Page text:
Getting Off with DSK

For those of you who have forgotten, Dominique Strauss-Kahn is a brilliant Frenchman who previously led the IMF, positioning himself to run for president of France. All those plans came to a screeching halt in 2011 when he was arrested for allegedly assaulting a maid in a New York hotel. While those charges were eventually dropped, this incident set into motion a series of trans-Atlantic investigations and new charges in France that concluded recently with DSK being found not guilty of organizing lavish parties with prostitutes in Lille, France.

Each of these hearings and investigations contained lurid details about DSK’s proclivities for rough sex. He was a powerful man who liked to blow off steam, shall we say, engaging in activities that weren’t, exactly, family friendly or conducive to running for public office. Karma, karma, karma! Now, while a valid and healthy debate can occur as to how influential private behavior should be on whether or not an individual is suitable to hold the responsibilities of public office, the DSK example is particularly illustrative of what can happen when people push the envelope of legal or acceptable behavior and how life has a funny way of catching up with us, whether or not we have formally been found “guilty.”

Denny Hastert, Mary Kay Letourneau, Ted Haggard, David Petraeus and of course New York’s newest restaurateur Tony Wiener have each earned a special place in the annals of famous sex scandals, with varying results at rehabilitating their personal and public reputations. Whether or not they and those close to them went on to live lives of satisfaction following their missteps isn’t certain. But, I’m not just trotting out a list of colorful examples simply for the shiny fun of it; I also want to make an analogy to re-booting.

We all screw up. We all inflict damage. Sometimes things end disastrously, leaving a trail of embarrassment and hurt, whether we’re the victims or the villains. But, who the “bad guy” is doesn’t matter for purposes of this post because everyone involved has to re-boot. This includes Steve Reinbolt, Vili Fualaau and Steve Letourneau, Gayle Haggard, Holly Petraeus (not to mention the US military command), and dear sweet Huma Abedin, each of whom must adjust to a new normal following the actions of others (this list doesn’t even include their kids).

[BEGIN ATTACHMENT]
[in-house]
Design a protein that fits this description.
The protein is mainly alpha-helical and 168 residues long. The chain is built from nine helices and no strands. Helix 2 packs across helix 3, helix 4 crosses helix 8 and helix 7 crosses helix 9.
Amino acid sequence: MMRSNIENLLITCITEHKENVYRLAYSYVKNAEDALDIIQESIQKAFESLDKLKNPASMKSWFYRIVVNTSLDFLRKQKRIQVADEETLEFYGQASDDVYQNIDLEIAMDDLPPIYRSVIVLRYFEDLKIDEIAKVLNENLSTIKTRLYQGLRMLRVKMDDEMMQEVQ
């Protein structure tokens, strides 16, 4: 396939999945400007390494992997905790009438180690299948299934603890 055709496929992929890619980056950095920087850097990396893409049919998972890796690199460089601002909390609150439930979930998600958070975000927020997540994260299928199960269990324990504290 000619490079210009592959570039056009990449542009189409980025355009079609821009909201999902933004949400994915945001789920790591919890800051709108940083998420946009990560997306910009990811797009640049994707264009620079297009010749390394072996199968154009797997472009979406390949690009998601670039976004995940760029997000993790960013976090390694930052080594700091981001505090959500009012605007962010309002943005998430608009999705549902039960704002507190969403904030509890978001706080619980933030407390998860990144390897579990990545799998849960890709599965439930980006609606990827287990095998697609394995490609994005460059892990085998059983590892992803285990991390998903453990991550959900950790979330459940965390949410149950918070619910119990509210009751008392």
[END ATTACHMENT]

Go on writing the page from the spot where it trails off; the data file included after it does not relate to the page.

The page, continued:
Shit happens. It just does. Whoever is “culpable,” whoever is “innocent,” is irrelevant. For all of us, it’s what we do next that makes the difference. It’s finding a way to make a silk purse out of a sow’s ear. Do you think Bill Clinton wastes his time feeling guilty—about anything? Of course not! He was nearly impeached and that still didn’t stop him. And look how he’s rehabilitated himself. Some may say “shameless,” but you can’t deny the guy has got it goin’ on. (Even Monica’s post “handbag designer” life has included giving a TED talk or two.)

My point is this: if they can spring back, so can you…and so can whoever was hurt by what you did. Remember both sides of this equation! Nobody, and I mean nobody, should give you so much power over them that you could ruin their life, and vice versa. There is always an opportunity to make things better, to head in a new direction, to start over. What you have next may not look like what you had before, but that doesn’t mean it’s not as good. There’s a real chance it may even be better. This is always true. There are always nuggets of gold to be found in any situation.

Circling back to our friend DSK, we know that he got off in a number of ways. We know that he is a brilliant man whose ego and sense of entitled imperviousness created enormous problems for him. We also know that his story isn’t over. His talents haven’t gone away. And now, perhaps humbled, bruised, and chastened he may find a new path to do some good.

DSK

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